Being Uncreative is a Deal-breaker.

Deal-breakers; in the dating world, we use this term to cut out the fat of undesirable mates.

Some of us make lists of behaviors — vowing to never marry a person who eats bacon. Or doesn’t want kids. Or doesn’t have the name, Angela Simmons.

We human beings can be good at expecting certain things of other individuals. Setting boundaries and guidelines. Toggling the characteristics of the NBA2K Created Player version of our ideal mates. All while being stone-cold, trash versions of ourselves.

We will desire more from potential girlfriends, boyfriends, or spouses than we do for ourselves. For our lives. For our character.

At least, it seems that way.

Without fail, we slack off on our ambitions. Not holding ourselves to the golden standard of our prospective Love Connection.

I’d argue that in some ways we want this Prototype to save us from the responsibility of owning up to our faults. The idea of tiptoeing to the sun with bae seems more alluring than revamping our stalled music project.

Because once you get the girl, slim chance for that music career. If music wasn’t a priority before, it likely won’t be one once she hits the scene.

Last week, I wrote about the importance of committing to something and building a habit. Because creativity and inspiration don’t just lend itself over to you. You gotta work for this, baby — if you want it. Like Big Daddy Kane once said about creativity, “Ain’t no half-stepping.”

Or maybe he was talking about something else.

Anyhow, motivation doesn’t just show up at your front door. It comes by exercising those creative muscles. And before you know it, habits become a lifestyle and a creative practice is woven into your life.

This is how I wrote the 56 Mornings publication. This is how I’ve been able to write 1000 words (at least) every day this year.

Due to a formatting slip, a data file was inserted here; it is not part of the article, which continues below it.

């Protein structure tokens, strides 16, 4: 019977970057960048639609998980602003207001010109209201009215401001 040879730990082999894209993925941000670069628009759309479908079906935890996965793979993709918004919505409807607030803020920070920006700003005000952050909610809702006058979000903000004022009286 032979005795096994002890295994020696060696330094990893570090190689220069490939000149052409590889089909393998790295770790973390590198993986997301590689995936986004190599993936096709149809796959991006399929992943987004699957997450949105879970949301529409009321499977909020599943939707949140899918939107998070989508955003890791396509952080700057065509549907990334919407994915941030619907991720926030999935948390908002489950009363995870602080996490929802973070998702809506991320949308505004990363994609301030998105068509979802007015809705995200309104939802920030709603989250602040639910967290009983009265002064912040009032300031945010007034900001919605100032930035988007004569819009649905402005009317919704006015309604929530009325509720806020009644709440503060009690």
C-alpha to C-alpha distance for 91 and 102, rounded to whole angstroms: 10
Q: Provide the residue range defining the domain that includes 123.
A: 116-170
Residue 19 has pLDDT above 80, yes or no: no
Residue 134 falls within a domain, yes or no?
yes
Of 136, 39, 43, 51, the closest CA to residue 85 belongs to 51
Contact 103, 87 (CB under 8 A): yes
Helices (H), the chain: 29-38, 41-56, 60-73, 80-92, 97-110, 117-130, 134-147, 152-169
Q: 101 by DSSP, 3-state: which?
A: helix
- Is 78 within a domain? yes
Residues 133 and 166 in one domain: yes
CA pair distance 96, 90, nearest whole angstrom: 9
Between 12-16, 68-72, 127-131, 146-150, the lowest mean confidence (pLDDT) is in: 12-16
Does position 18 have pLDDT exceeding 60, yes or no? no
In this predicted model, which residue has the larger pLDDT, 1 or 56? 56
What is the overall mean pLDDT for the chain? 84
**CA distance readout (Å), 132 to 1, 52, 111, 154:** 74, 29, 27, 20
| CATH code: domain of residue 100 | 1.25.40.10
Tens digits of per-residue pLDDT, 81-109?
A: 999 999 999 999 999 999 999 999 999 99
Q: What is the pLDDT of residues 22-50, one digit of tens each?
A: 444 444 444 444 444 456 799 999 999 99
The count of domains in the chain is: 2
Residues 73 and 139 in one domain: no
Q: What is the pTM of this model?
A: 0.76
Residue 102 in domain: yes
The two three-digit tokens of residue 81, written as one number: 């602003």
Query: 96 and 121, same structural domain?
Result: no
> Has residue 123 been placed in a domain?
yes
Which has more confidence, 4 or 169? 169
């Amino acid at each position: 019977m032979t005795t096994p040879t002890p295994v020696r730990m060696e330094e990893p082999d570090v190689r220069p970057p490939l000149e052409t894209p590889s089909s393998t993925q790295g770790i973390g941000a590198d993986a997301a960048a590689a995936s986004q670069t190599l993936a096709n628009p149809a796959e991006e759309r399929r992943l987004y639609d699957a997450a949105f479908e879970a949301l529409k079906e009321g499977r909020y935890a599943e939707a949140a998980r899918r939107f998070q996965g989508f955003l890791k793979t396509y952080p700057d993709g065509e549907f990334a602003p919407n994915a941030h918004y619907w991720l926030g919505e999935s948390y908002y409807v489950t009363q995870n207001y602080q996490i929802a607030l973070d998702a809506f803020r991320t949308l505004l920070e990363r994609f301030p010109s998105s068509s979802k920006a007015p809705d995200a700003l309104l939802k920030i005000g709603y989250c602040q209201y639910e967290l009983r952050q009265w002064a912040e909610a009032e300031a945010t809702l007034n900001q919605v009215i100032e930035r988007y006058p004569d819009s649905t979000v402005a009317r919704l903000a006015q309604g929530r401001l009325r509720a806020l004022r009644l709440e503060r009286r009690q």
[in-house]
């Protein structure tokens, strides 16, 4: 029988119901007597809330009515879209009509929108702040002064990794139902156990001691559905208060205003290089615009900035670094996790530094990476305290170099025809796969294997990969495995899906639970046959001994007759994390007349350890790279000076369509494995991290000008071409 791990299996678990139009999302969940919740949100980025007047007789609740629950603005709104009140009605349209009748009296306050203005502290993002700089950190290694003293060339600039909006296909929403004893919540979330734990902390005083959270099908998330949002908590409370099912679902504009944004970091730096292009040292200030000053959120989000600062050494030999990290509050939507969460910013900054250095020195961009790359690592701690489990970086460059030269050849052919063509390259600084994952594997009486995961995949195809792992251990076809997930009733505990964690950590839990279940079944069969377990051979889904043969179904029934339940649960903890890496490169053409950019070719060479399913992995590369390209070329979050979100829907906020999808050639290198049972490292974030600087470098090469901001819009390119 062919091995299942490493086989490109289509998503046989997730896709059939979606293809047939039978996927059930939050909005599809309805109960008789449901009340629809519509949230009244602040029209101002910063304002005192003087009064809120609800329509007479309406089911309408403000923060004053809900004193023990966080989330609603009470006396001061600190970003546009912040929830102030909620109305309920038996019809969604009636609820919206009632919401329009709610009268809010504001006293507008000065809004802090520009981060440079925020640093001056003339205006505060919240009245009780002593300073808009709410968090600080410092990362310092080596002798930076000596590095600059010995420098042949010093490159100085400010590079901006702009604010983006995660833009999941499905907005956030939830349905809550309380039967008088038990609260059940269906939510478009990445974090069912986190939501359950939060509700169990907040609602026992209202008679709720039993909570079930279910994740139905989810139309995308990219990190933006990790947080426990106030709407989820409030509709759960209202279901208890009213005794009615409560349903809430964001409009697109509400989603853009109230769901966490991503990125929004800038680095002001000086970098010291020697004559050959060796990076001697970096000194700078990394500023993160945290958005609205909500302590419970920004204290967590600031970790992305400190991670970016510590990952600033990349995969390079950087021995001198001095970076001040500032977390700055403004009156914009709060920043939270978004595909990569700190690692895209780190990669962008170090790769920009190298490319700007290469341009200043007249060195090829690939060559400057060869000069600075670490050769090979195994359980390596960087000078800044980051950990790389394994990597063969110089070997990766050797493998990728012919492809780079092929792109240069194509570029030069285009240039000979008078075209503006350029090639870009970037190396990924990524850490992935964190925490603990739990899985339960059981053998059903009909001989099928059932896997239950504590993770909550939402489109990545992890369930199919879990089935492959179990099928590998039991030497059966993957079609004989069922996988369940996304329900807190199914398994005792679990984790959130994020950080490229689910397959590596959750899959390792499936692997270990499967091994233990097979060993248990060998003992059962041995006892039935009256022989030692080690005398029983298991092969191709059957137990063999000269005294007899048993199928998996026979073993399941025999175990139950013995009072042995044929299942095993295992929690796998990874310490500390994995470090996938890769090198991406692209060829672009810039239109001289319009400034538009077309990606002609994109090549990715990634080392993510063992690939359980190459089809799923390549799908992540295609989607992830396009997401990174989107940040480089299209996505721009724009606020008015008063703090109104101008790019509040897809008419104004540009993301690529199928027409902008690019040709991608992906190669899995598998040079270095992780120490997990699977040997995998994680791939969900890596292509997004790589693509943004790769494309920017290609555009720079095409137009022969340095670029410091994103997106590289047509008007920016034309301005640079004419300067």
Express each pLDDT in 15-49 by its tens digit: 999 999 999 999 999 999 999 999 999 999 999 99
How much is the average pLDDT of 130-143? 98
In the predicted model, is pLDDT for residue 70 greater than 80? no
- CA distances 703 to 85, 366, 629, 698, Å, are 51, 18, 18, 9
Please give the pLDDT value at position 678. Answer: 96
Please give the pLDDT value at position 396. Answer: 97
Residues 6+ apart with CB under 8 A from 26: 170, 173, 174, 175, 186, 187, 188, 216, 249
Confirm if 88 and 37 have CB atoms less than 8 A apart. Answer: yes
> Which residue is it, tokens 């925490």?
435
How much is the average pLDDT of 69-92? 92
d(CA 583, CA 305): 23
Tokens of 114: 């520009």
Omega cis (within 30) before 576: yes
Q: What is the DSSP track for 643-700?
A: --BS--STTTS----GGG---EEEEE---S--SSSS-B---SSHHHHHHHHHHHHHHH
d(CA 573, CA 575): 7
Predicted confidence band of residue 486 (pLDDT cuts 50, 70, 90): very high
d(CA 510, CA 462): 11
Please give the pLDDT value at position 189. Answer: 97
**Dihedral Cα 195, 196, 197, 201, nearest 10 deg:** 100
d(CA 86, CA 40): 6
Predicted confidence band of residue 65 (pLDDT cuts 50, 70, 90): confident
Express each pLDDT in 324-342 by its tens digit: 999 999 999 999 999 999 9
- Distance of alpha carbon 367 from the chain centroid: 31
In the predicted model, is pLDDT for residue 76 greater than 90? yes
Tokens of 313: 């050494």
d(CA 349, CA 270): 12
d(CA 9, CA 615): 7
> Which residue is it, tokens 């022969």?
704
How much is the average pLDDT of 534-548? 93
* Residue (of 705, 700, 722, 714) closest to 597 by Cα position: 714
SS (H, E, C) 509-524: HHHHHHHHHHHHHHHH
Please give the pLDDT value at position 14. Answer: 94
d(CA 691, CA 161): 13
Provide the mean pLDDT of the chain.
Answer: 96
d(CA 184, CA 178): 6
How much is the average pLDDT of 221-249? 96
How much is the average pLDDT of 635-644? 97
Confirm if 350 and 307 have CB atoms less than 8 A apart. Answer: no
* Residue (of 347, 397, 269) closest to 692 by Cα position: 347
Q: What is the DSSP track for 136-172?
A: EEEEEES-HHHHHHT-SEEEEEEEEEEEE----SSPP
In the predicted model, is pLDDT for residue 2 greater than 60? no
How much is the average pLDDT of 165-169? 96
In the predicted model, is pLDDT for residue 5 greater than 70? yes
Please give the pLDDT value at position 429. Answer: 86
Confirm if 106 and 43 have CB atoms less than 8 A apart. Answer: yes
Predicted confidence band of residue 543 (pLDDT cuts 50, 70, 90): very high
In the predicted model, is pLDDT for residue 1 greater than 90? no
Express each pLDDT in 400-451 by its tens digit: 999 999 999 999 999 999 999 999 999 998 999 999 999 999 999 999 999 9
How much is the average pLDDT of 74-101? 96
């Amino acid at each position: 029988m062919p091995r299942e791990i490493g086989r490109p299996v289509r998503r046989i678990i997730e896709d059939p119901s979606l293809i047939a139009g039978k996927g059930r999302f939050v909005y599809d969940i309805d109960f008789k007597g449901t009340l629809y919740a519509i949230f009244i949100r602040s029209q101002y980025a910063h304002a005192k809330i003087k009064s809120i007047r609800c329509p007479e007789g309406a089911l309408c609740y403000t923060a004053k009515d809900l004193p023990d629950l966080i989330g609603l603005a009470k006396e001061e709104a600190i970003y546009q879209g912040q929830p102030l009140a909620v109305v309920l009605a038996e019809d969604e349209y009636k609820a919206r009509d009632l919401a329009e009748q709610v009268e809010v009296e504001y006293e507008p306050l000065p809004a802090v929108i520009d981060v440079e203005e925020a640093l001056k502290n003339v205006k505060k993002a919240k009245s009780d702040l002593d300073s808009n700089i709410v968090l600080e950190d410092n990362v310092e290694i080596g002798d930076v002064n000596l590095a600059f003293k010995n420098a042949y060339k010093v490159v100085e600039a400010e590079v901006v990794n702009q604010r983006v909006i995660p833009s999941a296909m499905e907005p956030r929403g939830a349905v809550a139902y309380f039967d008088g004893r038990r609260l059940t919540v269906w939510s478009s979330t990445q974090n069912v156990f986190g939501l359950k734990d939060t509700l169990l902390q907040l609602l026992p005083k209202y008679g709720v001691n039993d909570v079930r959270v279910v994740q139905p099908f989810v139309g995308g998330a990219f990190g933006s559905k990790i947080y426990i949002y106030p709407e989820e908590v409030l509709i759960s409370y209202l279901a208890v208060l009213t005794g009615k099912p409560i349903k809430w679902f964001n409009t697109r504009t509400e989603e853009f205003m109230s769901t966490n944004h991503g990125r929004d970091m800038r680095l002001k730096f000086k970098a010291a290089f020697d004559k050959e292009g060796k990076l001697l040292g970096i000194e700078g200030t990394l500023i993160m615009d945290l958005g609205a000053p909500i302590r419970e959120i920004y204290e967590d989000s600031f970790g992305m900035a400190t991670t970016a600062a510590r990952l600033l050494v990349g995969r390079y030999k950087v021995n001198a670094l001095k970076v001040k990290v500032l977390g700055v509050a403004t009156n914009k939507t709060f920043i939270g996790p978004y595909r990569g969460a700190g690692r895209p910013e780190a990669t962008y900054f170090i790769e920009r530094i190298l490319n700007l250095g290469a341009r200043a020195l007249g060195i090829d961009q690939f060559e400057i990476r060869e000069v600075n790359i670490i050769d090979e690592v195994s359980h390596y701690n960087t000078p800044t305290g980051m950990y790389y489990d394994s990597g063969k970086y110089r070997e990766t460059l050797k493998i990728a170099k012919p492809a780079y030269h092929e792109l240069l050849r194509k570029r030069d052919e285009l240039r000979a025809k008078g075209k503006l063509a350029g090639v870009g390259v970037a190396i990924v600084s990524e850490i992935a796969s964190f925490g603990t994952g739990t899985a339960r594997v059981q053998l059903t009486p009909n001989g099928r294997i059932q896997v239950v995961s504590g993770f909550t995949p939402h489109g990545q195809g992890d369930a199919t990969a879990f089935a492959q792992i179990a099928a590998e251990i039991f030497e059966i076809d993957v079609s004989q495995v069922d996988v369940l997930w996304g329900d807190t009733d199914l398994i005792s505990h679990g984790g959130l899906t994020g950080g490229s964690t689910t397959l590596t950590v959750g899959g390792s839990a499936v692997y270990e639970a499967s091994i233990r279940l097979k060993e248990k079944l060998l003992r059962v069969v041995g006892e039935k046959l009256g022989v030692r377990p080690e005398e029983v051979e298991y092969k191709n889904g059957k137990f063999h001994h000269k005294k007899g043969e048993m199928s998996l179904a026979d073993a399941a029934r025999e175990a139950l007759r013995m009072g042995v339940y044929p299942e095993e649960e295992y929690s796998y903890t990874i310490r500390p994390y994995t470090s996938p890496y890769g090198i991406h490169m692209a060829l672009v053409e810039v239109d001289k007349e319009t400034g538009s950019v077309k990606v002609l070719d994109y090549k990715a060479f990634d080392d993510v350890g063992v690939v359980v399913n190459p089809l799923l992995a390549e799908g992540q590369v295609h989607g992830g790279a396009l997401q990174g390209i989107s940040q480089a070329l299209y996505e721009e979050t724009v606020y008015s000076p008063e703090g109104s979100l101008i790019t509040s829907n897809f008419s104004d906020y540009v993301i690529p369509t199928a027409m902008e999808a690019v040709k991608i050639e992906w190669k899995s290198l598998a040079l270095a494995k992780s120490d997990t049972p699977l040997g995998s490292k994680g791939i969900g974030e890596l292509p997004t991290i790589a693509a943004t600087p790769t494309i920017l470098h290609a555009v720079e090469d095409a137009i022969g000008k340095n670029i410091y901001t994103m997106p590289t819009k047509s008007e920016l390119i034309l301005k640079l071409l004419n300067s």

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The same energy and intent Flava Flav used to siphon down wifey material on Flavor of Love, could be used to check yourself. Those strict must-haves and must-not-haves could assist on a self-assessment inventory.

Yes, you could become a more creative simply by becoming more serious about it.

Decide that being creative is as paramount as your future husband having all of his teeth.

Decide that having a creative life is non-negotiable.

Decide that being uncreative, in your life, is a deal-breaker.

Am I serious? Absolutely.

For my life, my list of non-negotiables (in no particular order) are as follows:

  1. Spirituality
  2. Health/Fitness
  3. Creativity

These pillars are integrated into my life and will persist, whether I am married or not.

In other words, get yourself together before you start asking other people to get themselves together.

Don’t be out here expecting Ruth’s Chris from everybody when you’re serving up Happy Meals. Make sure you meet (or are in active pursuit of) your prerequisites of the life you want.

Also, when you do find your special someone, your dreamboat, your boo, your Angela Simmons-face let them know that creativity, your art, your practice, is an integral part of your life. That (amongst other things) it balances the human that you are.

And you need time and/or space to be creative. And that creativity is part of your life routine.

Your sugar dumpling should know that it is in her best interest to be an ally in that. Not an enemy or antagonist of this time.

Otherwise, she runs the risk of becoming an evil character in your novel. And hopefully, you, nor she wants that as a part of your regular creative practice.

If this resonated with you please share, comment, and/or hit the little recommend button.

This article originally appeared on brandonbkeith.com. Hit the link below to subscribe and get these posts first.

Bonus: P.S. Don’t Forget to Be You is now available here. Free shipping anywhere in the US.

I write for creatives with big ideas and even bigger inner-critics | Husband, dad, mango-enthusiast | Connect with me here: https://bit.ly/2VOg4sU

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